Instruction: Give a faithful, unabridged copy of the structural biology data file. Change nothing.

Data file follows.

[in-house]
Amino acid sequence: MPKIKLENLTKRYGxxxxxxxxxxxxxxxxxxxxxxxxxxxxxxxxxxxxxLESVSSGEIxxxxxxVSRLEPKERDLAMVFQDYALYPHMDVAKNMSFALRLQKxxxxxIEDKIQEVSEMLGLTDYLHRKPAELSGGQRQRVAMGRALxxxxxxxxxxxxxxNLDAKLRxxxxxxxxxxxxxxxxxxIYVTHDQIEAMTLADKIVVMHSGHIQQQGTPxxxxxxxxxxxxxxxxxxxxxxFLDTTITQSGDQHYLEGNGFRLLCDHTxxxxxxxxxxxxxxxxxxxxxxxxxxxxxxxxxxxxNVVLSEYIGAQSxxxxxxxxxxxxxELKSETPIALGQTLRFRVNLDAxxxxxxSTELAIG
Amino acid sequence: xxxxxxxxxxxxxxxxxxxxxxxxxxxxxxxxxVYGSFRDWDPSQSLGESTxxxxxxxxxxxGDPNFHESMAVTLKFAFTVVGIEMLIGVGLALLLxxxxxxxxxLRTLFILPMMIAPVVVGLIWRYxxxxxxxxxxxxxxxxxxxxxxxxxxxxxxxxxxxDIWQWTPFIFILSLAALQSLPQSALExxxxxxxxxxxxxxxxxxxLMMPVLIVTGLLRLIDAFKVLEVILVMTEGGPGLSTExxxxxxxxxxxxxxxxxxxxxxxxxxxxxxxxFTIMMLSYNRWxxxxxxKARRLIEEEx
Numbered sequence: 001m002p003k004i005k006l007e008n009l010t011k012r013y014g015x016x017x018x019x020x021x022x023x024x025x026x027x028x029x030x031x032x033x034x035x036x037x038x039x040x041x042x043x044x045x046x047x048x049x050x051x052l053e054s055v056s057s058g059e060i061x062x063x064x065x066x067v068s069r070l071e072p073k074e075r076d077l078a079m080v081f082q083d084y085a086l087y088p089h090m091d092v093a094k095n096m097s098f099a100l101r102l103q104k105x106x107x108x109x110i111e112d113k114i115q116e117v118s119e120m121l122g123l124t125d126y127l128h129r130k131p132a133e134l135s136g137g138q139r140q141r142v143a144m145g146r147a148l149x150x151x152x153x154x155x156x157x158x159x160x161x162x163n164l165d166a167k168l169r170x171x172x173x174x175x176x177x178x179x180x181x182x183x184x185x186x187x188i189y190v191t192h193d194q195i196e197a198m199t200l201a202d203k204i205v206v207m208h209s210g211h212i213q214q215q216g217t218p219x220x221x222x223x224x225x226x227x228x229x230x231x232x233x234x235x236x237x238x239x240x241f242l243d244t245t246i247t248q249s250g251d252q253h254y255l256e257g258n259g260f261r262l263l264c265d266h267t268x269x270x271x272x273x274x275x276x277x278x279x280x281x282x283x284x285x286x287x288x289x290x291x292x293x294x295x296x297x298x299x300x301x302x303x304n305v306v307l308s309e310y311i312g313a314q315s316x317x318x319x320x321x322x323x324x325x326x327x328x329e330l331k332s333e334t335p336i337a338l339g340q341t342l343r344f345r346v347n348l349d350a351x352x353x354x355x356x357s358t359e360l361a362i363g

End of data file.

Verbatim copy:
[in-house]
Amino acid sequence: MPKIKLENLTKRYGxxxxxxxxxxxxxxxxxxxxxxxxxxxxxxxxxxxxxLESVSSGEIxxxxxxVSRLEPKERDLAMVFQDYALYPHMDVAKNMSFALRLQKxxxxxIEDKIQEVSEMLGLTDYLHRKPAELSGGQRQRVAMGRALxxxxxxxxxxxxxxNLDAKLRxxxxxxxxxxxxxxxxxxIYVTHDQIEAMTLADKIVVMHSGHIQQQGTPxxxxxxxxxxxxxxxxxxxxxxFLDTTITQSGDQHYLEGNGFRLLCDHTxxxxxxxxxxxxxxxxxxxxxxxxxxxxxxxxxxxxNVVLSEYIGAQSxxxxxxxxxxxxxELKSETPIALGQTLRFRVNLDAxxxxxxSTELAIG
Amino acid sequence: xxxxxxxxxxxxxxxxxxxxxxxxxxxxxxxxxVYGSFRDWDPSQSLGESTxxxxxxxxxxxGDPNFHESMAVTLKFAFTVVGIEMLIGVGLALLLxxxxxxxxxLRTLFILPMMIAPVVVGLIWRYxxxxxxxxxxxxxxxxxxxxxxxxxxxxxxxxxxxDIWQWTPFIFILSLAALQSLPQSALExxxxxxxxxxxxxxxxxxxLMMPVLIVTGLLRLIDAFKVLEVILVMTEGGPGLSTExxxxxxxxxxxxxxxxxxxxxxxxxxxxxxxxFTIMMLSYNRWxxxxxxKARRLIEEEx
Numbered sequence: 001m002p003k004i005k006l007e008n009l010t011k012r013y014g015x016x017x018x019x020x021x022x023x024x025x026x027x028x029x030x031x032x033x034x035x036x037x038x039x040x041x042x043x044x045x046x047x048x049x050x051x052l053e054s055v056s057s058g059e060i061x062x063x064x065x066x067v068s069r070l071e072p073k074e075r076d077l078a079m080v081f082q083d084y085a086l087y088p089h090m091d092v093a094k095n096m097s098f099a100l101r102l103q104k105x106x107x108x109x110i111e112d113k114i115q116e117v118s119e120m121l122g123l124t125d126y127l128h129r130k131p132a133e134l135s136g137g138q139r140q141r142v143a144m145g146r147a148l149x150x151x152x153x154x155x156x157x158x159x160x161x162x163n164l165d166a167k168l169r170x171x172x173x174x175x176x177x178x179x180x181x182x183x184x185x186x187x188i189y190v191t192h193d194q195i196e197a198m199t200l201a202d203k204i205v206v207m208h209s210g211h212i213q214q215q216g217t218p219x220x221x222x223x224x225x226x227x228x229x230x231x232x233x234x235x236x237x238x239x240x241f242l243d244t245t246i247t248q249s250g251d252q253h254y255l256e257g258n259g260f261r262l263l264c265d266h267t268x269x270x271x272x273x274x275x276x277x278x279x280x281x282x283x284x285x286x287x288x289x290x291x292x293x294x295x296x297x298x299x300x301x302x303x304n305v306v307l308s309e310y311i312g313a314q315s316x317x318x319x320x321x322x323x324x325x326x327x328x329e330l331k332s333e334t335p336i337a338l339g340q341t342l343r344f345r346v347n348l349d350a351x352x353x354x355x356x357s358t359e360l361a362i363g